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Long-lost World War I War Medal Returned To Australian Family

A World War I medal that went missing on a Melbourne beach nearly a century ago is finally back with the family of the recipient.

MELBOURNE, Australia — A First World War medal that went missing on a Melbourne beach nearly a century ago is finally back with the recipient’s family.

Robert Stanley Gordon Smith lost his British Victory Medal at Chelsea beach in 1925 and died on April 23, 1963.

The medal was found at Beaumaris beach in 1980, but no one had been able to find its owner, known only as Private RSG Smith from the 5th Battalion, Australian Imperial Force.

Victoria Police Sergeant Vaughan Atherton, also an army reservist for nine years, found out about the medal.

His detective work tracked down two living descendants of Smith, and the medal was returned in time for Anzac Day.

In a Victoria Police statement, Smith’s nephew Alan Norster said he is delighted the medal will be displayed at Upwey-Belgrave RSL museum.

It was through the Upwey-Belgrave RSL that Sergeant Atherton was put onto the medal mystery.

The man who found the medal at Beaumaris was married but later died.

His wife remarried, and she and her partner are members at the Upwey-Belgrave RSL sub-branch, where they met Sergeant Atherton.

Through the national archives, Sergeant Atherton found out Private Smith enlisted in 1915 and served in France, where he was wounded in action twice.

Last year, Sergeant Atherton reunited a family with World War II medals stolen more than 50 years ago.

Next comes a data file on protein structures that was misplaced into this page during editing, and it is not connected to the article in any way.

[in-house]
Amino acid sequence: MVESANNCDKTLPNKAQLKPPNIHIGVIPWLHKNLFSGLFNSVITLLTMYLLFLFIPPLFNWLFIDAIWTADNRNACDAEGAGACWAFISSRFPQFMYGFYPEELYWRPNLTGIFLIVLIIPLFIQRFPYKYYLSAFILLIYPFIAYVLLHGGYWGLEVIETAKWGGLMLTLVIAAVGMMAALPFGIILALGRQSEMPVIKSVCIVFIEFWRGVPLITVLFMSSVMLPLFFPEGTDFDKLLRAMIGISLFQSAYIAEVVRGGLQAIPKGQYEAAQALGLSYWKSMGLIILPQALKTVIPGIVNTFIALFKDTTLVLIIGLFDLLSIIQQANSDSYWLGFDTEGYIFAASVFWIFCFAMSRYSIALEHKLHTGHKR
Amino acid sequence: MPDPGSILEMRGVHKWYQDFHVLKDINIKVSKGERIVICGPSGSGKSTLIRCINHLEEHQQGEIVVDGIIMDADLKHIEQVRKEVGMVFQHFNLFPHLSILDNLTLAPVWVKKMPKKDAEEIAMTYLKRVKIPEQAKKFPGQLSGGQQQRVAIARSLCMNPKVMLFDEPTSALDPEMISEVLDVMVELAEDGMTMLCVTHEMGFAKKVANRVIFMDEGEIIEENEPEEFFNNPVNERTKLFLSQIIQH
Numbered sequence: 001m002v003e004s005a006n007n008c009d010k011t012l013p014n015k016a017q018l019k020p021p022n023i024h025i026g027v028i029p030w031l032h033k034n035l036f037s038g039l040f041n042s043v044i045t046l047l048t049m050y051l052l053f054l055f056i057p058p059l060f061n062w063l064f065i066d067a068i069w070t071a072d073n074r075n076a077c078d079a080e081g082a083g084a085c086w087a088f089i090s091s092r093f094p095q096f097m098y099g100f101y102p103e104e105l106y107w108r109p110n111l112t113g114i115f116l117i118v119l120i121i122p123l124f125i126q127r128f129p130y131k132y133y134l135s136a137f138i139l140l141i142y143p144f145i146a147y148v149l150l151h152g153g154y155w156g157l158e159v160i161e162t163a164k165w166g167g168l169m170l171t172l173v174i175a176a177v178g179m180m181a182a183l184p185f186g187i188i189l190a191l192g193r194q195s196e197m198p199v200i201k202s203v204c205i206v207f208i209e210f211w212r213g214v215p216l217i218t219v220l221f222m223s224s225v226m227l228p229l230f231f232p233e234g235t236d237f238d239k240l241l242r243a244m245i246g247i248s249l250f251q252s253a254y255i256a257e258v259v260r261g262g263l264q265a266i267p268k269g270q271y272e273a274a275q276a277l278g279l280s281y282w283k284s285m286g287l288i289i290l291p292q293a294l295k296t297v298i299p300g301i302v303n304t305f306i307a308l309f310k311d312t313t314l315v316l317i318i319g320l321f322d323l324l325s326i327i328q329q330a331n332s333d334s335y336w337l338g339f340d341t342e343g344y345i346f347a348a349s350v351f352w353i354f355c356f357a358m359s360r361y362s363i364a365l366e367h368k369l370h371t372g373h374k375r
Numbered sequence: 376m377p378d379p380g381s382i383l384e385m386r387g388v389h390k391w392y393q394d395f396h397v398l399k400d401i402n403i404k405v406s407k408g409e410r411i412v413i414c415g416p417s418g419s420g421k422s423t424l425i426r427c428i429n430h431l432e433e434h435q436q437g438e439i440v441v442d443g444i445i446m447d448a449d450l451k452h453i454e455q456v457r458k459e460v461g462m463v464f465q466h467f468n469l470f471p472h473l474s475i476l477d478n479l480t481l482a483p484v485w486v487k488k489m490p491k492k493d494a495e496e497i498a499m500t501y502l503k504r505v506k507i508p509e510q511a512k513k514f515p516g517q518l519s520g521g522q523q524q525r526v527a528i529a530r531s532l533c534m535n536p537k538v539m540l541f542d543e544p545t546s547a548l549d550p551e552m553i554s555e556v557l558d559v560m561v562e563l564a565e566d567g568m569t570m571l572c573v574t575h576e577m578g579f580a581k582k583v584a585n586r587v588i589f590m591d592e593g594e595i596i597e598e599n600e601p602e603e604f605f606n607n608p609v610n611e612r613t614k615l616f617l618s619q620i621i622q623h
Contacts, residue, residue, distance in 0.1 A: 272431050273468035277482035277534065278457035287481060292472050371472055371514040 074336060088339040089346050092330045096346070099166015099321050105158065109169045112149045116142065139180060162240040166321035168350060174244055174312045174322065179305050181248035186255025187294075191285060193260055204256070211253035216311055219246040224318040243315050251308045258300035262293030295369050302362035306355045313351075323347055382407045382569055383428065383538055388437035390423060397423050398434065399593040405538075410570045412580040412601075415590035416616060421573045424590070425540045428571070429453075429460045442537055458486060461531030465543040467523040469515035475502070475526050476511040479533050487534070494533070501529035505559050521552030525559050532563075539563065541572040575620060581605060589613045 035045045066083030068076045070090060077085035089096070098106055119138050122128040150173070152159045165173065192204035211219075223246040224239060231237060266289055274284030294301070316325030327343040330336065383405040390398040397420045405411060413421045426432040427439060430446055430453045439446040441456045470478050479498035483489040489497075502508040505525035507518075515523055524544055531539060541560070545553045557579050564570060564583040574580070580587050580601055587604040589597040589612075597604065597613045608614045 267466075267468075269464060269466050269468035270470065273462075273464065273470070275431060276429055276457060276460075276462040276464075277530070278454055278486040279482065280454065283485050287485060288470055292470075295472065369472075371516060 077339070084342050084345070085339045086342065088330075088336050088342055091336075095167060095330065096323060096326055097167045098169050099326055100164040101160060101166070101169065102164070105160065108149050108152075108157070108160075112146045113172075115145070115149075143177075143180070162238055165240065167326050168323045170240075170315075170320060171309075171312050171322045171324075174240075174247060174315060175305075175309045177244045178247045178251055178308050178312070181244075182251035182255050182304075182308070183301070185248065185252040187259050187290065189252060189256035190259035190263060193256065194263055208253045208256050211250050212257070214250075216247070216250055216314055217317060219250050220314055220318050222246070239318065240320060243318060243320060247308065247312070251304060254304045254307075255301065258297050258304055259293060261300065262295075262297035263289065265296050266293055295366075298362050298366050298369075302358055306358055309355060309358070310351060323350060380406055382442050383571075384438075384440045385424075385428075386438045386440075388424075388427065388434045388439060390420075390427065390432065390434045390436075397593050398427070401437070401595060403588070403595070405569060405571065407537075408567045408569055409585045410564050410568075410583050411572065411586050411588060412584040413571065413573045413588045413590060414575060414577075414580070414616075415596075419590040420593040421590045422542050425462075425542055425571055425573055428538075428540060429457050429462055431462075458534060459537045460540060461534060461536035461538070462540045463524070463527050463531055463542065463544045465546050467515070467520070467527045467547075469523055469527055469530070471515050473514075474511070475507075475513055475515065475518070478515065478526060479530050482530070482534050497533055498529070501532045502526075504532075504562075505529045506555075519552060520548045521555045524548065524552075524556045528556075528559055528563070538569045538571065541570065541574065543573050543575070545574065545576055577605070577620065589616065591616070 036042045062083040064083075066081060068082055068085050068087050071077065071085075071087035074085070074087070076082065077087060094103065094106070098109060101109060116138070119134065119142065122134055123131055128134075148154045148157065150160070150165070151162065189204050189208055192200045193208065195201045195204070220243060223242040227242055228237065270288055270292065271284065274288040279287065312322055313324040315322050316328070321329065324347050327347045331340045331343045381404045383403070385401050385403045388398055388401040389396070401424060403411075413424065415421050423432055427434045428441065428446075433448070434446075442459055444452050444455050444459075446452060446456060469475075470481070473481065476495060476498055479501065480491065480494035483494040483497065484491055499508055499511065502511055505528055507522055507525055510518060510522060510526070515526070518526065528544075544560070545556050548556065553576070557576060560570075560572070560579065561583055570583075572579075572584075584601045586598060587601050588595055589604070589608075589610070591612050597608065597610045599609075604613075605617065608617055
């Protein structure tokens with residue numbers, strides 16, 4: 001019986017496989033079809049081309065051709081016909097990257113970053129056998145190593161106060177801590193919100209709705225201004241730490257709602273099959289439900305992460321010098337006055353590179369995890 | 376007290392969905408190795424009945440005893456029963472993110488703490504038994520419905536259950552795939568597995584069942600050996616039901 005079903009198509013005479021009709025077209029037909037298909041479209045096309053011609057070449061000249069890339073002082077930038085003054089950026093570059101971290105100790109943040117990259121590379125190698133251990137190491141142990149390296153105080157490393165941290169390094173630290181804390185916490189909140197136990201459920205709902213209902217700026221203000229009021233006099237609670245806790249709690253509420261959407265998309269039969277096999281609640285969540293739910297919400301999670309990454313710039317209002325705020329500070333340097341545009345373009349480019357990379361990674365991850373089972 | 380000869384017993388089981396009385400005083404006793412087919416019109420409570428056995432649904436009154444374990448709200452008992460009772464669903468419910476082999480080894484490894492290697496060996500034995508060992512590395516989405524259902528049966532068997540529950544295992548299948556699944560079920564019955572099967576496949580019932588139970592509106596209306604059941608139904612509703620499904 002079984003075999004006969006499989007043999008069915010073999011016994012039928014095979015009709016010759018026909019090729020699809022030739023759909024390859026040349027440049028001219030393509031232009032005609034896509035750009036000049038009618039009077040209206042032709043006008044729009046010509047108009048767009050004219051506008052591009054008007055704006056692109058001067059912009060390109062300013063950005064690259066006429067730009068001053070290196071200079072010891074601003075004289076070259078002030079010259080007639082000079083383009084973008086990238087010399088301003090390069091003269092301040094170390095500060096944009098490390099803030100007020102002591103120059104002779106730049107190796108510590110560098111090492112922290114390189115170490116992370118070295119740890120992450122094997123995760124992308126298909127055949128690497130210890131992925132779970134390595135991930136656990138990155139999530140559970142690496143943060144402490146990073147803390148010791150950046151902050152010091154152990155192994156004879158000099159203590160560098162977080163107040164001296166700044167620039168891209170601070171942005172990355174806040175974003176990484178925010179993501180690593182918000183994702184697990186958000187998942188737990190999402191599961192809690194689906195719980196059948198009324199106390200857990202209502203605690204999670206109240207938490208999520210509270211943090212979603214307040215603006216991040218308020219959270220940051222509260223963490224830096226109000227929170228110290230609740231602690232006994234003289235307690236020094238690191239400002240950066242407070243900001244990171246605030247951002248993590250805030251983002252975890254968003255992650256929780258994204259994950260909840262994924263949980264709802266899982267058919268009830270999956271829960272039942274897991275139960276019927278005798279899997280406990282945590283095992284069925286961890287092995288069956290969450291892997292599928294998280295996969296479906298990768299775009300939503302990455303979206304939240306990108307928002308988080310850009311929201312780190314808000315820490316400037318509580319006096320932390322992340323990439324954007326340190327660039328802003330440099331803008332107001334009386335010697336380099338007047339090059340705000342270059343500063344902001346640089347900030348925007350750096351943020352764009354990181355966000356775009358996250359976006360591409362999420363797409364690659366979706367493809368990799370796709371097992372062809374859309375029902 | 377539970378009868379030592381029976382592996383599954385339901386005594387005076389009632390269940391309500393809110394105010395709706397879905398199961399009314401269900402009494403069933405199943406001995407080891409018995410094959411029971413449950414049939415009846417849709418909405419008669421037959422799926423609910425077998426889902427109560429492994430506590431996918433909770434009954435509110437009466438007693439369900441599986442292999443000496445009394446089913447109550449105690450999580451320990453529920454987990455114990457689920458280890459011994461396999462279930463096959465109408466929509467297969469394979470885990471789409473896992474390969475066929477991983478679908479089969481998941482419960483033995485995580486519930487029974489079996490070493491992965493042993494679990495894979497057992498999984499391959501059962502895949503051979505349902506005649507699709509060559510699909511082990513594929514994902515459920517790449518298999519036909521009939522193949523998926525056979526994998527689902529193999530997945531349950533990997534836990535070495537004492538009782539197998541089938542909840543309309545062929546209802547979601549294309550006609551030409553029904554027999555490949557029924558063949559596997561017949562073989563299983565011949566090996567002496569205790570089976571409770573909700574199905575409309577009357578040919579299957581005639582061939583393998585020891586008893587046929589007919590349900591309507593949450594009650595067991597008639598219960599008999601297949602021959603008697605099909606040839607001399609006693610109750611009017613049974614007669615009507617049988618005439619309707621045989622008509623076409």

“To be able to return these treasured items always brings me pleasure,” he said.

Australian families gather across the country to mark the end of World War I. (Dean Lewins/AAP Image)

World War I or the First World War, often abbreviated as WWI or WW1, was a global war originating in Europe that lasted from July 28, 1914, to Nov. 11, 1918.

Contemporaneously known as the Great War or “the war to end all wars”, it led to the mobilization of more than 70 million military personnel, including 60 million Europeans, making it one of the largest wars in history.

It also was one of the deadliest conflicts in history, with an estimated 8.5 million combatant deaths and 13 million civilian deaths as a direct result of the war, while resulting genocides and the related 1918 Spanish flu pandemic caused another 17-100 million deaths worldwide.

The First Australian Imperial Force (AIF) was the Army’s main expeditionary force and was formed on Aug. 15, 1914, with an initial strength of 20,000 men, following Britain’s declaration of war on Germany.

Meanwhile, the separate, hastily raised 2,000-man Australian Naval and Military Expeditionary Force landed near Rabaul in German New Guinea on Sept. 11, 1914, and obtained the surrender of the German garrison after ten days; it later provided occupation forces for the duration of the war.

(Edited by Vaibhav Vishwanath Pawar and Ritaban Misra. Map by Urvashi Makwana)

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